The other day I uploaded some new contacts from my outlook to LinkedIn (invitation to connect)–50% of those connections were NOT Linked In members. Now I realize that not everyone is not “into” LinkedIn like me. Maybe they like Facebook better and maybe (like my 49 year old business owner/CFO sister) they just are not online or not social media/network oriented people. Sure the number of social media users is growing by the bushel, but I will bet that 50% of those users who absolutely do “jump in”—still don’t participate. And I bet that most of those (new users) absolutely do use the internet to search for information on companies, people, things, places, etc. Most of the reporters of the world use the internet to search for information and stories.
So what propels someone to click on a link? Maybe the 50% OFF offer they see on a Google Adwords or a Facebook Fan Page—yes, but I bet for the most part they will never buy anything until they read more about that company, that offer, that new brand until they READ more about it first. Social Media PR will and does ultimately drive a person’s decision to buy in the end. I rest my case.
Corporate executives are still bent on getting a quick ROI out of social media…a legitimate request yes …also a stalling tactic? Great read via the PR News Blog (August 19, 2011): http://ow.ly/69Fp2.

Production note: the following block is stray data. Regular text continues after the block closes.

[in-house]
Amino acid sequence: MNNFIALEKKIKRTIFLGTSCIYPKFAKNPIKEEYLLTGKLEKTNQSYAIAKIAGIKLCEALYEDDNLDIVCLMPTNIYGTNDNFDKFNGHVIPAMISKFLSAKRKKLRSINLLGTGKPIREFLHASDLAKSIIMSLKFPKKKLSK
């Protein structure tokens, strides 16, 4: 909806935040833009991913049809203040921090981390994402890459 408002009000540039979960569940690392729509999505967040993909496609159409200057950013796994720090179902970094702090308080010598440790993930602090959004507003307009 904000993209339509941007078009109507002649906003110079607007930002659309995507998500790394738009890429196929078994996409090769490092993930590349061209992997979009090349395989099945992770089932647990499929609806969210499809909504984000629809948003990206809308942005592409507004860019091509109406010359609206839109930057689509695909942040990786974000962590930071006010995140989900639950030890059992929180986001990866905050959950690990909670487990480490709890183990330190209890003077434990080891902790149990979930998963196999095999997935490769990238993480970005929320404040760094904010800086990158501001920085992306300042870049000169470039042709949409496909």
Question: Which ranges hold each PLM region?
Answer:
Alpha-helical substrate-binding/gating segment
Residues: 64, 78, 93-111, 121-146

According to Pepsi Co’s global head of digital Bonin Bough, being gripped by fear of adapting to social media can be fatal (for organizations): “Failure to adapt to the digital evolution is written on the balance sheets of companies.”
Staying away from social media due to fear of failure or spending the time or money that needs to be dedicated to a long-term investment is not the way to get along with a new media channel that is certainly here to stay. There is no doubt that social media and the web in general will create a shorter term investment as it settles into the norm.
For now, we must invest with patience–and it’s a very small long-term investment to make for what is sure to be a huge ROI in the very near future. To that end, this is not about “waiting for the best time” –when social media is “well-developed” for immediate ROI. What form of media DOES provide immediate ROI anyway? Print ads, news stories etc. — sure, but also fleeting if you don’t keep the advertising going or the PR machine pumping. Social media is and will be no different than other media channels– it will eventually give way to long-term, consistent return on investment. Social media, as Bonin Bough says, is here to stay and it is NOT a fad.
Therefore, I believe that every company should now at least have the social media/online persona basics in place. And the focus should not only be on the main company brand, but also on executive leadership as well as employees. It will soon be a must for the CEO, CMO, COO etc. (company leadership) to engage with online followers/audience on a regular basis–and having employees engage for the benefit of the company brand is certain to become another key ingredient for all company brands looking for success in the social media space. This will soon be the new reality of marketing and business development.